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Usually an em dash is used without any spaces on either side, especially when the punctuation is in the middle of a sentence. However, how should it be used if it were used at the end, such as when it's signifying that the first sentence is being interrupted/cut off?

Should there be a space after the dash because a sentence is starting anew and the two should be kept separate?

An example:

Naturally, I've already arranged for a backup plan to help those who have been overwhelmed by stress— Since the virtual sandbox is a simulated practice environment, you can leave from any area of it.

Another example:

What a pain, I wish I were NEETing it up at home— Hm, that's exciting. I think I have some inspiration now.

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    Why are you using em-dashes here instead of ellipses…?
    – Laurel
    Commented Jul 4, 2023 at 13:42
  • I was reading and this was how it appeared in the text. I get that an ellipsis would probably be more convenient/appropriate, but I'm interested to see how the em dash would be applied since the writer appears to have used it.
    – user483019
    Commented Jul 4, 2023 at 13:44
  • I'd use a period thereabouts. It's hard to justify some writer's peculiar style. Commented Jul 4, 2023 at 13:44
  • What if the sentence was actually cut off? In that case the period wouldn't really fit, would it? "What a pain, I wish I were NEETing it up at ho— Hm, that's exciting. I think I have some inspiration now."
    – user483019
    Commented Jul 4, 2023 at 13:47
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    These make no sense. Are you interrupting yourself here? Commented Jul 4, 2023 at 13:51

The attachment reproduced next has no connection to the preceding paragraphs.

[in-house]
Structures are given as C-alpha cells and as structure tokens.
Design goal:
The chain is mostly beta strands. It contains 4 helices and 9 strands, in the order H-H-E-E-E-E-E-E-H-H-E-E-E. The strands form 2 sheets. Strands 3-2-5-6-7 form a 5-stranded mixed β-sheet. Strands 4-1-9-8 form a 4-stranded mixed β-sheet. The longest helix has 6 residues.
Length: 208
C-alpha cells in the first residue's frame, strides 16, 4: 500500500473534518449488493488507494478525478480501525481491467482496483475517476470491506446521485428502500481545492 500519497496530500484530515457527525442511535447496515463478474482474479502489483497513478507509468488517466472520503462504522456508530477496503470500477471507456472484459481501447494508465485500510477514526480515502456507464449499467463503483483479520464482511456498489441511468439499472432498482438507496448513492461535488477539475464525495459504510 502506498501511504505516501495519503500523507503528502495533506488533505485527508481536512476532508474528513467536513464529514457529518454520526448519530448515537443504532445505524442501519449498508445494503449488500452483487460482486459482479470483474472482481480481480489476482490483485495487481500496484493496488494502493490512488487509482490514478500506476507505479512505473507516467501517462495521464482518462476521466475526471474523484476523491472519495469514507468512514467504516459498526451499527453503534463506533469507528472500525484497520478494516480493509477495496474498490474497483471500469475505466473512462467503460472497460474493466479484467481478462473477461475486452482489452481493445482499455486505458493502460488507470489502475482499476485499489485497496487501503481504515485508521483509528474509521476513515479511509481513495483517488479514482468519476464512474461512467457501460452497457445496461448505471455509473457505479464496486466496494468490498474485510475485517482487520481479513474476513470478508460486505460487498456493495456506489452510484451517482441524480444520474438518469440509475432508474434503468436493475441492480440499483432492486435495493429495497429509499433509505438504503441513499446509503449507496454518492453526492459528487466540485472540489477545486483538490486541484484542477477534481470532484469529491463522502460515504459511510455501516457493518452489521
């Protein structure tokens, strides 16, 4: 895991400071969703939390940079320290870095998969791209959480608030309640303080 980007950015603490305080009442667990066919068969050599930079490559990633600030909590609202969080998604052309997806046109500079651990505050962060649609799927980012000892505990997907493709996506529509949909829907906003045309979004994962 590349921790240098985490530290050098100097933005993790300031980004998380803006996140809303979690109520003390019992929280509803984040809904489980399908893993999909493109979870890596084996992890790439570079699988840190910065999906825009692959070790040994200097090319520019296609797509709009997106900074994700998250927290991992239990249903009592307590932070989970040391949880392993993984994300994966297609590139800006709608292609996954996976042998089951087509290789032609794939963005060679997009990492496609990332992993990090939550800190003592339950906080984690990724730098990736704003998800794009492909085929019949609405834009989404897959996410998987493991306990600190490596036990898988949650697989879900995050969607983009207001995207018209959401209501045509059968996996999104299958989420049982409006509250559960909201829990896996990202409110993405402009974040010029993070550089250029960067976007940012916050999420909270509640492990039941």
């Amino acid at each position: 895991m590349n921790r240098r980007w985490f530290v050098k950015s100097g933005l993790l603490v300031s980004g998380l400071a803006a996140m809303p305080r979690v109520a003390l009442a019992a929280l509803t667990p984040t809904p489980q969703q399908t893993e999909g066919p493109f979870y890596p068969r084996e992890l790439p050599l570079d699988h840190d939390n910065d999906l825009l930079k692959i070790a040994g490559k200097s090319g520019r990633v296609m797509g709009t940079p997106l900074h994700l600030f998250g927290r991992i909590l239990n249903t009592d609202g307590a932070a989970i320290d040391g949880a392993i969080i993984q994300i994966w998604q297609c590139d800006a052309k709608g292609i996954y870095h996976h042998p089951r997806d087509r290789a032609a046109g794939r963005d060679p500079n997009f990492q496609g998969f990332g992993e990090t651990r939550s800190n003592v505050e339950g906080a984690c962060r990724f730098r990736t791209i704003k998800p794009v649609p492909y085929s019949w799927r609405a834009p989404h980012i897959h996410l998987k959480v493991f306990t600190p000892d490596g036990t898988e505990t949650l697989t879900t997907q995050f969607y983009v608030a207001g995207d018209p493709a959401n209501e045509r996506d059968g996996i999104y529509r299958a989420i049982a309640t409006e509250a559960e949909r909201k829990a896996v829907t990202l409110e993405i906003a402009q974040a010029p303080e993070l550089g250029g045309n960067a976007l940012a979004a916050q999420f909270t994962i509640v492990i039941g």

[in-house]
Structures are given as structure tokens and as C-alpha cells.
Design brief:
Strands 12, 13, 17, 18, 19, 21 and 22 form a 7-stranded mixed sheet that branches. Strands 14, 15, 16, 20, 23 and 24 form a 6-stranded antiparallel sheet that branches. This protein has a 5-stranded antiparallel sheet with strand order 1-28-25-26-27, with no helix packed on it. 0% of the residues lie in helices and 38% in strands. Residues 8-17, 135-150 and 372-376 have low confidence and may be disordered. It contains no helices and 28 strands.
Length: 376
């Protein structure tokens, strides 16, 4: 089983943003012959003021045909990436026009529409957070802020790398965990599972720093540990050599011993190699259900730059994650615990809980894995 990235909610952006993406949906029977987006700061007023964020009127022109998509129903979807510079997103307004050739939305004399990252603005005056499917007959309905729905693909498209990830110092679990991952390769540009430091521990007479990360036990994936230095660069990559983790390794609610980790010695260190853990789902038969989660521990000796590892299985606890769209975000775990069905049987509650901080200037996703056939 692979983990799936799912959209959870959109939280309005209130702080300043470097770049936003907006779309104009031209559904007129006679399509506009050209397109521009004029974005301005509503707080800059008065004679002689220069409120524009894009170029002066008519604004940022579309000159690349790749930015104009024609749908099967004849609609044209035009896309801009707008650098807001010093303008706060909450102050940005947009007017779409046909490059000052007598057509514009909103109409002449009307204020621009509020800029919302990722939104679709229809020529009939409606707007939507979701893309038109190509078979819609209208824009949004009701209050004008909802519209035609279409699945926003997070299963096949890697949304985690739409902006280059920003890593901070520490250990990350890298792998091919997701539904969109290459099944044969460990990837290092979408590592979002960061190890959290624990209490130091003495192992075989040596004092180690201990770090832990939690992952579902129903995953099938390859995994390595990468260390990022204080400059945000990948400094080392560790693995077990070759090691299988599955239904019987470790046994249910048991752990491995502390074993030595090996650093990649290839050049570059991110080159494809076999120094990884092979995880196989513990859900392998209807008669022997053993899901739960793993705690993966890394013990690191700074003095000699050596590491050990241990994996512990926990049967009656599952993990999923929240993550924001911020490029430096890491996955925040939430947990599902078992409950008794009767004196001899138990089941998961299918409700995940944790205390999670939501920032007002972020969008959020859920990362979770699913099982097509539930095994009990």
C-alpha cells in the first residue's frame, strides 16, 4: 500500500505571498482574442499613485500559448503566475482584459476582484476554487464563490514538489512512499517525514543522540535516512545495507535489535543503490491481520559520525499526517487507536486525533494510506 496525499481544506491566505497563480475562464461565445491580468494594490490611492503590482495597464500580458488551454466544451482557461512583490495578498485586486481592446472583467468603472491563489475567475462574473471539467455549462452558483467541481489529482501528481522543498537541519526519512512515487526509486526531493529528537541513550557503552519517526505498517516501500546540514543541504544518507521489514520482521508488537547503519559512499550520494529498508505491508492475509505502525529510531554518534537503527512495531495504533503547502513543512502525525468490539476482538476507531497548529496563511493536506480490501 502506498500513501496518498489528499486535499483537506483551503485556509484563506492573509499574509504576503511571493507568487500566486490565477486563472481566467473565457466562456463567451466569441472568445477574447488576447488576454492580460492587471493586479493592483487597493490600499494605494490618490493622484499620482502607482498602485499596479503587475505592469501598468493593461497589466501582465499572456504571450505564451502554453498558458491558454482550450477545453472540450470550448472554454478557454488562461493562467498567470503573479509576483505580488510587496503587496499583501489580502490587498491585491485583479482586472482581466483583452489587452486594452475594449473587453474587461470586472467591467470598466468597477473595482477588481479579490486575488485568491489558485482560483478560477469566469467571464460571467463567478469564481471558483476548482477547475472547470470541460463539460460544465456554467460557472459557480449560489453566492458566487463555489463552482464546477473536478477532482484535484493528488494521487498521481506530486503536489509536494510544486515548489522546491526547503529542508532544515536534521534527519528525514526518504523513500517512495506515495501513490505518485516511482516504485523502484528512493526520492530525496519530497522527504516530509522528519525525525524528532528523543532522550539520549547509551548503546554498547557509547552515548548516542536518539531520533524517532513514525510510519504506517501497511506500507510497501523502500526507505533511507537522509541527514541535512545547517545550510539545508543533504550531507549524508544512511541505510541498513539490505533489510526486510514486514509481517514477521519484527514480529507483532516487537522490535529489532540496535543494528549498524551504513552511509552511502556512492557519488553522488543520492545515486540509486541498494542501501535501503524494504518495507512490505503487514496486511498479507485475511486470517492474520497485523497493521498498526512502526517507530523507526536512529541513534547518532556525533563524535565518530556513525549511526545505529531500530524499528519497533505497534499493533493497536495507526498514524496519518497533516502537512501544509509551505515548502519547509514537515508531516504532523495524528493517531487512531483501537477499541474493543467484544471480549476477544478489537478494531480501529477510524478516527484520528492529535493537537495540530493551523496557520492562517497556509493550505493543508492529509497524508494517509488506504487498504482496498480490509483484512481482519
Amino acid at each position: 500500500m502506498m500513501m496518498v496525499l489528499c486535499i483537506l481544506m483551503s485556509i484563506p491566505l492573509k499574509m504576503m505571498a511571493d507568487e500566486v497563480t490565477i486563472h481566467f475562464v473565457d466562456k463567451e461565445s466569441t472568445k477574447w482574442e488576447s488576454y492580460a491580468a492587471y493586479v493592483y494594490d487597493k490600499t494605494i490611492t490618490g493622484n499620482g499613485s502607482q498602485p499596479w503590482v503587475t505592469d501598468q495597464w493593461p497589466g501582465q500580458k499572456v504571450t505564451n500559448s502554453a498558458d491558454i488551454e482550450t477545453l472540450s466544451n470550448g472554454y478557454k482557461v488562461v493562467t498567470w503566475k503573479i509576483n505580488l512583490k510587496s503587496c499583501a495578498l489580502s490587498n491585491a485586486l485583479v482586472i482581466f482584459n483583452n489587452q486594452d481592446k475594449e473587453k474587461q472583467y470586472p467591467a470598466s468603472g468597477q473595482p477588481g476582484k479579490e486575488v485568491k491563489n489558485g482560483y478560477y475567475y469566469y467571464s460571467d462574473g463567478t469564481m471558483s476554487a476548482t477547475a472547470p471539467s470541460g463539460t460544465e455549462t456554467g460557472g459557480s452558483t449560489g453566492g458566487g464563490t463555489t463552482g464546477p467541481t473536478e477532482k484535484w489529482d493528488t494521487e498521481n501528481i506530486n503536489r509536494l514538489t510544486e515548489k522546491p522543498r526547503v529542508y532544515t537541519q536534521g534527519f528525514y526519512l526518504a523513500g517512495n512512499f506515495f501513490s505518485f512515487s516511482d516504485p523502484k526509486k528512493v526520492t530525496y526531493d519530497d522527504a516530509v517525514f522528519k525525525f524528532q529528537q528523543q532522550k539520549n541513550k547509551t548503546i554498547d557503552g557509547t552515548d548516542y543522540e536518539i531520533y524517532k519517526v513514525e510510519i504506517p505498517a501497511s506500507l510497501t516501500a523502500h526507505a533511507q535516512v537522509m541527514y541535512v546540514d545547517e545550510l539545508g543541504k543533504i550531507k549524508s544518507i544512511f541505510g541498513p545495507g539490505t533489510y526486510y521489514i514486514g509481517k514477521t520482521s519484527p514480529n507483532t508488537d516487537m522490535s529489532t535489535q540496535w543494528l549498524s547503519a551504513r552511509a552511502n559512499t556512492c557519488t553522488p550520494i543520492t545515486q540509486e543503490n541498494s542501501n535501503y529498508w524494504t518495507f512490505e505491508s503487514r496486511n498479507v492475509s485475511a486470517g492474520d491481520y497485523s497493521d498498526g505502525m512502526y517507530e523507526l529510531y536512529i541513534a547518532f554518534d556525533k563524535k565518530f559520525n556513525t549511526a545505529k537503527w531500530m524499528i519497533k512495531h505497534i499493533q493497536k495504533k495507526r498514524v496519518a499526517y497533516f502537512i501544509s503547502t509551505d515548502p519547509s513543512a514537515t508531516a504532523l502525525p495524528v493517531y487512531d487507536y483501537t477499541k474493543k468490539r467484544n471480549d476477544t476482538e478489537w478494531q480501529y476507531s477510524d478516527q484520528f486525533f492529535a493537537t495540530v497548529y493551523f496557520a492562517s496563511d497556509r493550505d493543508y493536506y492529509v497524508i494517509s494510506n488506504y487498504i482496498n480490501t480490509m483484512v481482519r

3 Answers 3

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At least with regard to the second instance that the poster asks about—

What a pain, I wish I were NEETing it up at home— Hm, that's exciting. I think I have some inspiration now.

The Chicago Manual of Style, sixteenth edition (2010) does provide relevant guidance, although it does so rather indirectly. In the poster's example, the interjection "hm" is a pause-to-reflect speech marker, not a syntactical element per se. If we remove it from consideration temporarily, we have this construction:

What a pain, I wish I were NEETing it up at home— that's exciting. I think I have some inspiration now.

Section 6.83 of Chicago addresses this type of construction:

6.83 Em dash between noun and pronoun. An em dash is occasionally used to set off an introductory noun, or a series of nouns from a pronoun that introduces the main clause.

Consensus—that was the will-o'the-wisp he doggedly pursued.

Broken promises, petty rivalries, and false rumors—such were the obstacles he encountered.

Darkness, thunder, a sudden scream—nothing alarmed the child.

Kingston, who first conceived the idea; Barber, who organized the fundraising campaign; and West, who conducted the investigation—those were the women who were responsible for the movement's early success.

Viewing the poster's second example as a member of this family of constructions in which a pronoun follows one or more nouns and "introduces the main clause," we might fit the example into the same punctuation framework as follows: